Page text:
Israel UFO Air Crash Video Passes Muster


Videoanalysis 6/24/96
Rosh Haayin, central Israel

Events as reported to me from Barry Chamish: 
'On 28/9/95, Mr. M. noticed an unexplainable object in the 
skies over Rosh Haayin in central Israel. He grabbed his video 
camera and captured a silvery, glowing object become, two, 
three and then four fiery orbs, in a near square formation, over 
a wide expanse of the northwestern sky. After this incident, Mr. 
M. became a constant skywatcher. His dilgence was rewarded 
on 24/6/96 when a similar silvery orb appeared in the lower 
western sky. He trained his video camera on the orb... And then 
a glowing white oval-shaped object appeared some 20 degrees 
west of the object and streaked toward it at high speed. Within 
three seconds it struck the stationary orb, causing a huge 
explosion in the sky which must have destroyed both objects. 
Stunned, Mr. M. stopped filming immediately after capturing 
the explosion.'

The submitted video, which was in PAL format, was converted 
to NTSC format. It shows several events; a group of lights, one 
apparently dropped from another (the dropping is seen in the 
stills marked 28/9/1995 and 3:27:33); a stationary light which 
is apparently struck by a moving light, and a triangle of lights. 
The group of lights is interesting, but I could find no basis for 
investigating any form of anomalousness. The triangle of lights
has no reference objects to indicate what or where it is.

The stationary light was much more interesting. Various lights, 
probably streetlights, in the video were used as reference 
objects, and showed that the light was stationary over some 
30 seconds. An approaching airplane's landing lights will 
appear stationary, although motionlessness over this length 
of time seems unusual.

A vertical tower structure, apparently made of girders, is near 
the light. Some horizontal structure is atop the structure. It
was not sufficiently defined for continuous measurements to 
be made from it.

Another bright object appears to the left and slightly below 
the stationary object. In 2.9 seconds, it moves toward the 
stationary object, apparently hitting and exploding. In 1/4 
second, the explosion disappears with no trace of either 
object. The 5-frame sequence to the right illustrates the 

The bright object can be seen to move between the girders
of the vertical structure. This is useful in determining the 
relative size of the moving light. (The size of the light as 
seen on the video, is misleading; it is presumably much 
smaller than what is seen, due to extreme overexposure 
and glare.) The light disappears or reappears completely 
6 times; in 3, the change is abrupt; completely bright-to-dark 
or vice versa. In the other 3, the change is gradual, with a 
frame showing partial brightness. What can be learned from 
this? One must remember that the video is a sequence of 1/50 
second time exposures. Assume the light is small, and that the 
moving object has only one light. If by chance, the 
disappearance coincides with the period between exposures, 
an abrupt disappearance will be seen. A large light, or several 
lights horizontally separated, will never disappear abruptly 
while moving slowly. Since 6 occurrences form a useful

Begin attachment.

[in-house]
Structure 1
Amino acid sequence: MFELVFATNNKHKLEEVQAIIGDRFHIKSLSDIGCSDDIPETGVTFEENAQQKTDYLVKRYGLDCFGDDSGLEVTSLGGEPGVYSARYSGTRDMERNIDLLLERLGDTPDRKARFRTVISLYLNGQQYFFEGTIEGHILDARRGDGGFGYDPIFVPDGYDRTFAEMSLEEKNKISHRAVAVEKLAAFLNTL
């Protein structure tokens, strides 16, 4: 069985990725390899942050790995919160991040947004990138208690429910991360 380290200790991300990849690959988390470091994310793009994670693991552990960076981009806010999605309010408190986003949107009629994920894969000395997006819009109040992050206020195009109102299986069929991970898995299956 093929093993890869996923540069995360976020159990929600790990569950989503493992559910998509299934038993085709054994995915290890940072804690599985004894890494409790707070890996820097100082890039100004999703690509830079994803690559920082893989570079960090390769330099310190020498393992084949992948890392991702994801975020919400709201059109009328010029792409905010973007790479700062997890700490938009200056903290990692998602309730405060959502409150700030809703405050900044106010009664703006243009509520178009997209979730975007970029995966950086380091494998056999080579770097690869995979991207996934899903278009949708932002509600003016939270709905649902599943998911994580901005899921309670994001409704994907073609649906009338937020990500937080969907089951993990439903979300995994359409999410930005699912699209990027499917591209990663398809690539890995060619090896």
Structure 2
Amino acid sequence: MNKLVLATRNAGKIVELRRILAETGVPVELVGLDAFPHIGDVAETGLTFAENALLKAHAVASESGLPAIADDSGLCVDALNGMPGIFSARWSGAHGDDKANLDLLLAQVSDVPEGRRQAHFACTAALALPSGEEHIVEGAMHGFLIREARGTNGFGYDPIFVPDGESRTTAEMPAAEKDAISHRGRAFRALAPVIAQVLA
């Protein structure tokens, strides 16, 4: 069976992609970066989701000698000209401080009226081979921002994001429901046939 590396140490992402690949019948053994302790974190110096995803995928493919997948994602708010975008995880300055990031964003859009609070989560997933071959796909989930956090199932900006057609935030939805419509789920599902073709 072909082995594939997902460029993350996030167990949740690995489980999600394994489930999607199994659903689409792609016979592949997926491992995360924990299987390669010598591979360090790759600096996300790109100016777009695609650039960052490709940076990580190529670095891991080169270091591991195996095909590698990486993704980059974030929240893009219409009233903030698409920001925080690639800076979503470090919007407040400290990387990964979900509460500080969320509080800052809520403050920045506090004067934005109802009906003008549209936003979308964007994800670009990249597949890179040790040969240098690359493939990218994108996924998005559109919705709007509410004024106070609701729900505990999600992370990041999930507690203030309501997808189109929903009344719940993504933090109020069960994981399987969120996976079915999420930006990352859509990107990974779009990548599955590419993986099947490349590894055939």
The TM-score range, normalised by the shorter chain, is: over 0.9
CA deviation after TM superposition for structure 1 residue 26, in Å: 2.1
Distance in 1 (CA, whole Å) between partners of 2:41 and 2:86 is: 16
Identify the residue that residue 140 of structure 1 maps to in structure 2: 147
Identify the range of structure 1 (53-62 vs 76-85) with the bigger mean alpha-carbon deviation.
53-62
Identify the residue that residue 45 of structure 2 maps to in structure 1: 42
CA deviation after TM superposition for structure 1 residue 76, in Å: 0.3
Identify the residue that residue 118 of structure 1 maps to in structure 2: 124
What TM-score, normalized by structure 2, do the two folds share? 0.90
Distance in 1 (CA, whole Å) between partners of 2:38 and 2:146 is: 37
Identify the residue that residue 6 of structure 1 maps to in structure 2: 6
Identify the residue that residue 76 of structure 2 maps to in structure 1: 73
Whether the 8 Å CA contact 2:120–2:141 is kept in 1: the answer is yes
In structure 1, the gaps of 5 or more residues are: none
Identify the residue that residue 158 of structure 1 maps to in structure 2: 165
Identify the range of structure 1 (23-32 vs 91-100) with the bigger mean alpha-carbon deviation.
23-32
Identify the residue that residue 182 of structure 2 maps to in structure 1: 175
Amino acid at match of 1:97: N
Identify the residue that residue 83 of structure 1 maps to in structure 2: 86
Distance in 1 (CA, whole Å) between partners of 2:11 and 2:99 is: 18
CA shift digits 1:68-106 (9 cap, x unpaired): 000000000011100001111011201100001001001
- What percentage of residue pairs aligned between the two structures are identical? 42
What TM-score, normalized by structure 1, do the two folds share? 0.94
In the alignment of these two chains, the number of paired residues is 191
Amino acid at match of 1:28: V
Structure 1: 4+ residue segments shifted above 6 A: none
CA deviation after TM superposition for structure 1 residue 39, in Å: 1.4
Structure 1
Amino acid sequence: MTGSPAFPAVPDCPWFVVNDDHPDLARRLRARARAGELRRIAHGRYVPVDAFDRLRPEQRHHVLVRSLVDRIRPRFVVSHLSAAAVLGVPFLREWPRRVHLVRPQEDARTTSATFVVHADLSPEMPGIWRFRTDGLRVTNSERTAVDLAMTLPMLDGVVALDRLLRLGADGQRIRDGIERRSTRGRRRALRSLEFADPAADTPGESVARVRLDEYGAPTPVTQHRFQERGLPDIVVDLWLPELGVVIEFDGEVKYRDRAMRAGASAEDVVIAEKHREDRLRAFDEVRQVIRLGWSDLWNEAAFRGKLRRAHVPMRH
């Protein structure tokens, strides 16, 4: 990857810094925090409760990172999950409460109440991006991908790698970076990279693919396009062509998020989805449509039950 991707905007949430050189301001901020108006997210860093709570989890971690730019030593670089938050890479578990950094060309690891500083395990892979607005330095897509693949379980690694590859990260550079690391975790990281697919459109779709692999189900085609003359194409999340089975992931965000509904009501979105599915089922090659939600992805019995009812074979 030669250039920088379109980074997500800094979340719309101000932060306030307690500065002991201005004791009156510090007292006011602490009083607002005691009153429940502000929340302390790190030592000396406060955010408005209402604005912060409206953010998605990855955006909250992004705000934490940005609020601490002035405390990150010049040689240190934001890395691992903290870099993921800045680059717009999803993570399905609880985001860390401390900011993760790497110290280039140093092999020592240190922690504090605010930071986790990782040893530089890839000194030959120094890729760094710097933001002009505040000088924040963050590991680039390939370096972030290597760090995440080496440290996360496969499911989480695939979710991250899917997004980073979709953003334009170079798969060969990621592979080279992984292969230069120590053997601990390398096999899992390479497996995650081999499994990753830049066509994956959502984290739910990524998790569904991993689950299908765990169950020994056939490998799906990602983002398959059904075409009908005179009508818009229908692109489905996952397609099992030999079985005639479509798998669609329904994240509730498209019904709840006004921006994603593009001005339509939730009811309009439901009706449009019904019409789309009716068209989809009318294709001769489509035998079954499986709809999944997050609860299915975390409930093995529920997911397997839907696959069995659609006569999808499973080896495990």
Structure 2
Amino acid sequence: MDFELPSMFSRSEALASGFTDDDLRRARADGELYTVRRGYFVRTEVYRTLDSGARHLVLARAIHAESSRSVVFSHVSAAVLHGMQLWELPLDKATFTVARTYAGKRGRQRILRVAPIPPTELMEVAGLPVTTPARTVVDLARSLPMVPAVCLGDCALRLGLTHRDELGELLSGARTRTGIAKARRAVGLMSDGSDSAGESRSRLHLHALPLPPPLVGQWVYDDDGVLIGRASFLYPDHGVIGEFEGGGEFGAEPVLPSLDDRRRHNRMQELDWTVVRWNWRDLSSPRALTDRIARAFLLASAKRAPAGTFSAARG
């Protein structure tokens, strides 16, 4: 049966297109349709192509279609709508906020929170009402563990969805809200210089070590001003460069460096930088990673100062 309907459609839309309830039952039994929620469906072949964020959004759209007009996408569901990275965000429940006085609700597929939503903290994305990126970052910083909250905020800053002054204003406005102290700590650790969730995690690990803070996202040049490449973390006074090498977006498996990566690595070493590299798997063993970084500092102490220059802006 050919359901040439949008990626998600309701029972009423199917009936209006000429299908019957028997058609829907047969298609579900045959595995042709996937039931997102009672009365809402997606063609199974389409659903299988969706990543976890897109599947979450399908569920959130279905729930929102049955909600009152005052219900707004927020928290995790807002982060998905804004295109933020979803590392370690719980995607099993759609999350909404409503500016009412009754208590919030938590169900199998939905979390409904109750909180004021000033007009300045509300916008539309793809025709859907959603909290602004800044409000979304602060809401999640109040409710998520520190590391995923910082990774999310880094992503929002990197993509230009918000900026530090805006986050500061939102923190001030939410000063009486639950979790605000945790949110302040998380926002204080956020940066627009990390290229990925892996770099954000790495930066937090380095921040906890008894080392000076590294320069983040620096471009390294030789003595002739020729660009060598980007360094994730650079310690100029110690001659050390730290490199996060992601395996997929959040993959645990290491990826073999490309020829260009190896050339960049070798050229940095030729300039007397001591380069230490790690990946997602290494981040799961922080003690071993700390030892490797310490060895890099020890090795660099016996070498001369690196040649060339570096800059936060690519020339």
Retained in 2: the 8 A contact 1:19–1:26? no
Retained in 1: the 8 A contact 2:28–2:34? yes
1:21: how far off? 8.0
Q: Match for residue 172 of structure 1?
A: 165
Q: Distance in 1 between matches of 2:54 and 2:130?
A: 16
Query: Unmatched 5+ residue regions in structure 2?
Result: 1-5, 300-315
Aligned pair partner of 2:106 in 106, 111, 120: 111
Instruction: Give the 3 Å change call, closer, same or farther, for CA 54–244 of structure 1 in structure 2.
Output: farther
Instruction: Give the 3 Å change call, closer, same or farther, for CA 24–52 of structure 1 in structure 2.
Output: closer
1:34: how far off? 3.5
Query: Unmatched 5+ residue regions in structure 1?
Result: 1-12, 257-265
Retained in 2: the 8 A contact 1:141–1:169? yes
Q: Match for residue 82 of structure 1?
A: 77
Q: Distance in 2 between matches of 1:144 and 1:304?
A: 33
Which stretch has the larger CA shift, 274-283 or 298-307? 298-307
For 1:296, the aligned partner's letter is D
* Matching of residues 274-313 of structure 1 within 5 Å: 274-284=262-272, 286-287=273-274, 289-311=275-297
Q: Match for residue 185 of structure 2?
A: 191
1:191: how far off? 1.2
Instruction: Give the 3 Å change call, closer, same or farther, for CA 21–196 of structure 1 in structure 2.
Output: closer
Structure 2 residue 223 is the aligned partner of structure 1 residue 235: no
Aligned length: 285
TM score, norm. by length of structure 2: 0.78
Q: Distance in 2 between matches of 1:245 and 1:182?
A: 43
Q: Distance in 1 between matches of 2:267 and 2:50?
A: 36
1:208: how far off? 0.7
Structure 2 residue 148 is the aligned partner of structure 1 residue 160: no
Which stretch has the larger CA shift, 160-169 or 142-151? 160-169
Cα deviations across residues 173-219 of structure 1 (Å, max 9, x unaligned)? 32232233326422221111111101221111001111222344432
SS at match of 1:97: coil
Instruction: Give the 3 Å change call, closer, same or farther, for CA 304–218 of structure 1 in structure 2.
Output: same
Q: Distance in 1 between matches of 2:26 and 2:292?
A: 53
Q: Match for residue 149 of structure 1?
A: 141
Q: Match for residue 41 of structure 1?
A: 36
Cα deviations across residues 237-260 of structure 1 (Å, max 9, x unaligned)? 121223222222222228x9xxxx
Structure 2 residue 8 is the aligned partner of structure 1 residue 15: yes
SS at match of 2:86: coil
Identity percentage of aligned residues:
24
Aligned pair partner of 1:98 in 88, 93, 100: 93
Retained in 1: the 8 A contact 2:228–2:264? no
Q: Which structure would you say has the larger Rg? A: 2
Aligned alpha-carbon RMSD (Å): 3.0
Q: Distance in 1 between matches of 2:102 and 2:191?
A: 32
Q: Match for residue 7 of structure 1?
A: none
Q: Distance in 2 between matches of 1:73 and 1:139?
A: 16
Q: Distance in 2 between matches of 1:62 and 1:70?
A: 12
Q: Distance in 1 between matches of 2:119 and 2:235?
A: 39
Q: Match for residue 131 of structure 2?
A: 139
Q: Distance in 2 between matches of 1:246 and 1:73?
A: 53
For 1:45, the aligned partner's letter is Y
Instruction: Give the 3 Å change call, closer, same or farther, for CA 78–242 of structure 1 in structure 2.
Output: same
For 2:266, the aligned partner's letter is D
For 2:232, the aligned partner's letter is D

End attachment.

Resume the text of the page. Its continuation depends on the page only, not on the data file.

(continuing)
population of samples, the moving light can reliably be said to 
be quite small. This probably eliminates the flame from a missile 
as a source.

Although the vertical structure was not a reliable reference 
object, the two lights' relative position could be measured. 
Over 500 measurements of the two lights' position were made. 
The graph at below shows the distance between the 2 lights. 
Breaks in the data line are due to unreliable data from camera 
motion or the moving light going behind the girders. Reference 
straight lines show constant speed. The slopes of the lines show 
that the moving light spent about a second at some speed, then 
sped up about 16% before the collision. The 16% is not due to 
a zoom change; the tower is sufficiently visible to verify that its 
size does not appreciably change. Although the graph shows 
noise and missing data, the acceleration certainly occurred in 
under a second. No reasonable object I know of is capable of 
a 16% acceleration in a second.

(Graph by Jeff Sainio)     Position vs. Time

When the 2 objects apparently collide and explode, the apparent 
size of the light expands by a factor of roughly 2.5; this does 
not appear to be due to overexposure, but is the real size of 
the object. The last 2 frames of the video are NOT overexposed, 
but diffuse; since overexposure is not involved, this indicates 
the actual size of the explosion is shown. The real increase in 
size of the bright area is certainly much larger than 2.5. In 
the video the explosion moves downward; this is probably due to 
camera motion of the startled videographer; the reference tower 
is too smeared to verify this conclusion.

The explosion is not due to any conventional method I am 
familiar with; conventional, large explosions require much more 
than 1/4 second to disappear, and usually generate flaming 
debris that falls from the explosion. Neither characteristic is 
seen here.

The acceleration, light size, and explosion are not explainable 
in any convention way that I know of, and this case remains 

Click here for .AVI movie of explosion.

Jeff Sainio
MUFON Staff Photoanalyst

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